The illustration below shows what a hunt with Basset Hounds may have looked like during this time period. Based on the title it can be assumed that this hunt took place in France. These would be the types of hounds that people like Sir Everett Millais and George Krehl were interested.

When Mr. Everett Millais in 1874 were staying in France he visited a dog show in Jardin D'Acclimatation to have a look on a pair of Frech dachshund and to compare them with his ones. Besides the dachshunds he noticed on the show some Basset Astésien Normad which called his interest. Fino de Paris and Model, the two littermates from the Count le Couteulx de Canteleu kennel impressed Millais quite hard, than he chose Model. Fino de Paris was afterwards bought by another English man, Mr. George Krehl. Practically all Bassets of nowadays are descendants of these two dogs. In 1877 Lord Onslow imported 3 Bassets form Count le Couteulx de Canteleu kennel: Fino, Finett and Nestor (they are littermates, so this Fino is not the same as Fino de Paris, but they are likely relatives). From cross-breeding of Model and Finett, Proctor and Garenne were born. Garenne was crossed back with his own father Model and gave birth to Isabel, Model II. and Vesta. Mr. Millais chose Onslow's Fino as a brood male for his dog named Isabell. As a results of this crossing Ulfius Bratias, Niniche, Kathleen and Marie were born in August of 1879. Than some more crossings of relatives were happened: Bratias and Ninich, Ulfius and Kathleen. Finette II. is originated from this last pairing.

Dogs and All About Them published in 1934 States:  

As with most imported breeds, the Basset-hound when first exhibited was required to undergo a probationary period as a foreign dog in the variety class at the principal shows. It was not until 1880 that a class was provided for it by the Kennel Club.

In 1876 the first Basset Hound type dog to be shown was in a British show was "Model" owned by Sir Everett Millais. Millais imported "Model" from France in 1874.

Photo of Model circa 1879

Mr. Everett Millais's Basset Hound Model by Mr. C. B. Barber from Cassell's Illustrated Book of the Dog, 1881

The late Sir Everett Millais's Smooth Basset Model, British Dogs, Their Points, Selection and Show Preparation, 1903

Millais became known as the “father of the Basset Hound breed” in England. While he exhibited the first Basset, Model, in England in 1875 it was not until 1880, when Millais coordinated a large Basset Hound entry for the Wolverhampton dog show, that public attention finally focused on the breed. That year the Basset Hound was officially recognized by The Kennel Club in Britain.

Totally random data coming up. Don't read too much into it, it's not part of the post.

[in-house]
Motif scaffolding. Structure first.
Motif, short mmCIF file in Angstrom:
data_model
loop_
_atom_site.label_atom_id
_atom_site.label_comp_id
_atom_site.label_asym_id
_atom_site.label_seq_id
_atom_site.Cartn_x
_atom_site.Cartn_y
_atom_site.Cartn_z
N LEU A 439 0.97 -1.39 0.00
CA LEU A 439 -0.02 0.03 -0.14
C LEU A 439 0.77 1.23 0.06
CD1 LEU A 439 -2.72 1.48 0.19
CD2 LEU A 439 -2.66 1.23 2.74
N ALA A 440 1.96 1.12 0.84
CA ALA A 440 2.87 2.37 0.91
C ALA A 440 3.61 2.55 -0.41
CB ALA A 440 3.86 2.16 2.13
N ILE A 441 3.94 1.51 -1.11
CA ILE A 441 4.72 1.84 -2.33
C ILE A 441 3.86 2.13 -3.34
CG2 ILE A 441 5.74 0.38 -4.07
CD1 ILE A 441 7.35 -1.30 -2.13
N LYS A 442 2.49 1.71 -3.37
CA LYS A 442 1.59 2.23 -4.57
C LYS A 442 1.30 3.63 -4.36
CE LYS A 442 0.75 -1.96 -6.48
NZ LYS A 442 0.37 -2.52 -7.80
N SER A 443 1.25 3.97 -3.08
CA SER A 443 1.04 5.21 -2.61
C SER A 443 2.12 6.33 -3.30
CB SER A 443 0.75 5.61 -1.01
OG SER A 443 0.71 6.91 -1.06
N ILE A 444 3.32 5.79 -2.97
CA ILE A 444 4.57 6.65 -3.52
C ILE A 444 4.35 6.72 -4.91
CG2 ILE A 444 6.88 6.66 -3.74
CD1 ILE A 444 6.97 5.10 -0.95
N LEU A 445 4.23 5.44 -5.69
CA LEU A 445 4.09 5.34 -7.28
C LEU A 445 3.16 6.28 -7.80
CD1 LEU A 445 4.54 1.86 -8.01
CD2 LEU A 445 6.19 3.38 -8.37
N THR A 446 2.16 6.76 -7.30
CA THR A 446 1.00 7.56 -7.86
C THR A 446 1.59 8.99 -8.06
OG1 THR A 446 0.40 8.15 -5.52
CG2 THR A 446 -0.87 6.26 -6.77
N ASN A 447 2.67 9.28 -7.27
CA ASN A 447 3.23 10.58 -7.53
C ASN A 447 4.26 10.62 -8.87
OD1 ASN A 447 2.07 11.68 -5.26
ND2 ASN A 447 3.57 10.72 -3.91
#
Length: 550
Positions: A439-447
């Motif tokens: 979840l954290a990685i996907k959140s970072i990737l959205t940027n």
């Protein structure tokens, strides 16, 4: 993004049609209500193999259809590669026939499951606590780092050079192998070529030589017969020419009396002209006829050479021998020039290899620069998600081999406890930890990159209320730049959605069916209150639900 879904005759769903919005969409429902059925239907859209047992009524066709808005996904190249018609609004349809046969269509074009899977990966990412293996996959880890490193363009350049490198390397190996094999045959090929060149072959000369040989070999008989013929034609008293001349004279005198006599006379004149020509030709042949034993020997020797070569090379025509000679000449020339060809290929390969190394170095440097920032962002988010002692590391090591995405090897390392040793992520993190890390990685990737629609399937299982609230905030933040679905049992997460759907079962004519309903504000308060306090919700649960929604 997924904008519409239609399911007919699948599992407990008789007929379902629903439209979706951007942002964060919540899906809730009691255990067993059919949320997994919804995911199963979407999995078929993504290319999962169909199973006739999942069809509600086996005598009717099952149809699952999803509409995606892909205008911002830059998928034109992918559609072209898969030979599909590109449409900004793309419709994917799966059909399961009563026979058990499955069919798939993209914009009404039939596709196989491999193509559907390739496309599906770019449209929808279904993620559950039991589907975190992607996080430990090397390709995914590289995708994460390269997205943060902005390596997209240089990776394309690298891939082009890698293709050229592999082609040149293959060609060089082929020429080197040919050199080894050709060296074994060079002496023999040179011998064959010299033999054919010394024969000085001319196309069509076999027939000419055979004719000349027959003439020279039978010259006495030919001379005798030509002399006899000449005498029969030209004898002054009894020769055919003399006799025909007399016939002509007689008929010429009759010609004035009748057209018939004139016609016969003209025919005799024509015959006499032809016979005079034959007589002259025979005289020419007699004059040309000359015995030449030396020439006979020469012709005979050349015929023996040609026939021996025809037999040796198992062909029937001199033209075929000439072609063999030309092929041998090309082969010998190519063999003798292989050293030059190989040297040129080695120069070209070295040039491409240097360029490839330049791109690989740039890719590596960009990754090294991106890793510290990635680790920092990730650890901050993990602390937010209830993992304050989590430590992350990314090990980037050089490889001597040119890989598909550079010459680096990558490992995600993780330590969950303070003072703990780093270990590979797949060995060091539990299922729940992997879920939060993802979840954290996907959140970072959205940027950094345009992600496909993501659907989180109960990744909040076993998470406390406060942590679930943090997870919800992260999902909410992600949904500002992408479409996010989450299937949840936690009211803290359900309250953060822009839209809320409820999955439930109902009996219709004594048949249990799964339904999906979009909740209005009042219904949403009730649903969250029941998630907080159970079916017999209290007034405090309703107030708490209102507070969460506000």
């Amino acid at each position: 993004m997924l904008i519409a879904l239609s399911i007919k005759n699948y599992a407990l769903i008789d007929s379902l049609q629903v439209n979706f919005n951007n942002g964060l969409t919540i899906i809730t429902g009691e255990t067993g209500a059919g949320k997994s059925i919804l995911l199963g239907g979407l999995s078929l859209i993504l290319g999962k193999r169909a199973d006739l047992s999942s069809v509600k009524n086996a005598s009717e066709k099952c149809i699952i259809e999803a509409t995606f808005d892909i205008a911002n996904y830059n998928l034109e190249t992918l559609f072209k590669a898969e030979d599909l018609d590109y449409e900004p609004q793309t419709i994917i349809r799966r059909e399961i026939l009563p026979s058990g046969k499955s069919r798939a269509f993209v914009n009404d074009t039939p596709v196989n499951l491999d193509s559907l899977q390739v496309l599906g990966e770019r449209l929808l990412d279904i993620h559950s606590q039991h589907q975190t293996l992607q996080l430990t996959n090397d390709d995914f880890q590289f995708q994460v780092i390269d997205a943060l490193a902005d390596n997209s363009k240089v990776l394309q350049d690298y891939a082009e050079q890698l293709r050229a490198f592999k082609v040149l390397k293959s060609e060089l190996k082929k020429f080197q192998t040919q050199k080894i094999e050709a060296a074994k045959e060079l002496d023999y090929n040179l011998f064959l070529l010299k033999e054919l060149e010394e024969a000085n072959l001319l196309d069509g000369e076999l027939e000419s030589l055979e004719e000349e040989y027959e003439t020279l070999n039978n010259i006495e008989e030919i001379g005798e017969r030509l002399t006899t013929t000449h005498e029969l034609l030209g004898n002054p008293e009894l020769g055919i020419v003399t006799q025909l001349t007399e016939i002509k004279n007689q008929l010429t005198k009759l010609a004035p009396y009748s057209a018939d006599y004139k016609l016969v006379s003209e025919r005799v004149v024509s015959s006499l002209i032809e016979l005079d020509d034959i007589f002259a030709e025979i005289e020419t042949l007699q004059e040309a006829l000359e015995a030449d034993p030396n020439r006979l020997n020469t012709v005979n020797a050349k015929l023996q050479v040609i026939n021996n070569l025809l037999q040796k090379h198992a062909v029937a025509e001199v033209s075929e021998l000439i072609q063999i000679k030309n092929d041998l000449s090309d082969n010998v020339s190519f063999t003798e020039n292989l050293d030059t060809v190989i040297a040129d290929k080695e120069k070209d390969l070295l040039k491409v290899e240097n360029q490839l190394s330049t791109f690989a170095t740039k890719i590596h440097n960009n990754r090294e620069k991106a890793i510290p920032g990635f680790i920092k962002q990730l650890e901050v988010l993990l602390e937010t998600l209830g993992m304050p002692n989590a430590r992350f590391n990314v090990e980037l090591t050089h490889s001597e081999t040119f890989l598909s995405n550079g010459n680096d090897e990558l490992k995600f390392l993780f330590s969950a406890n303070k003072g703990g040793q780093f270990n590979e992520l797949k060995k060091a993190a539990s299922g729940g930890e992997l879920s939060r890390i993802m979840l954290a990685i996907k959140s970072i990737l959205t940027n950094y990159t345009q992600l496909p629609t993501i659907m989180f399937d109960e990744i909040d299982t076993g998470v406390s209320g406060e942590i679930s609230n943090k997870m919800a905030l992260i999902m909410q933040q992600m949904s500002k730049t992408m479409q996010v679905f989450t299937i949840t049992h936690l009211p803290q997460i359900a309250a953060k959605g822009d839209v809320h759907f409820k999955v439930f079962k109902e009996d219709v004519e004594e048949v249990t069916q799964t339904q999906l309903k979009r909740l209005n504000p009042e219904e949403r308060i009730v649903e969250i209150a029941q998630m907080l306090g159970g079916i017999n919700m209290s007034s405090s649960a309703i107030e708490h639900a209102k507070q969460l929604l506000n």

Giving biscuits to her Basset Hounds from the Sandringham Kennels: Queen Alexandra greeting her exhibits at the Royal Agricultural Hall. The year of this painting is unknown

Sandringham Kennels

Queen Alexandra at Sandringham Kennels with rough and smooth coat bassets

Queen Alexandra with her grandchildren and dogs, in a painting by Frederick Morgan and Thomas Blinks of 1902. This shows the Queen outside the kennels at Sandringham, surrounded by a variety of dogs including a Borzoi, two collies and two basset hounds.

Sandringham Dido

Several years later, the Basset’s popularity in England grew when Prencess Alexandra. The Basset Hound Club was formed in Britain in 1884 with such influential supporters as Princess Alexandra (who later became Queen), brought the breed into her royal kennels and became a keen breeder of Basset Hounds herself. Although these hounds were bred predominately as show dogs or good-natured companions, formal hunting packs of Basset Hounds were formed in Great Britain around this time.

Sandringham Lockery by Arthur Wardlea favorite Basset Hound of King Edward VII and Queen Alexandra  

Three Bassets from the Lane Kennels Colonel Mascotte and Gibelotte 1888

Pack of Basset Hounds at Jardin d' Acclimatation Late 1800s

Very likely they looked more like those shown by Pierre Pichot at the Paris Dog Show in 1863.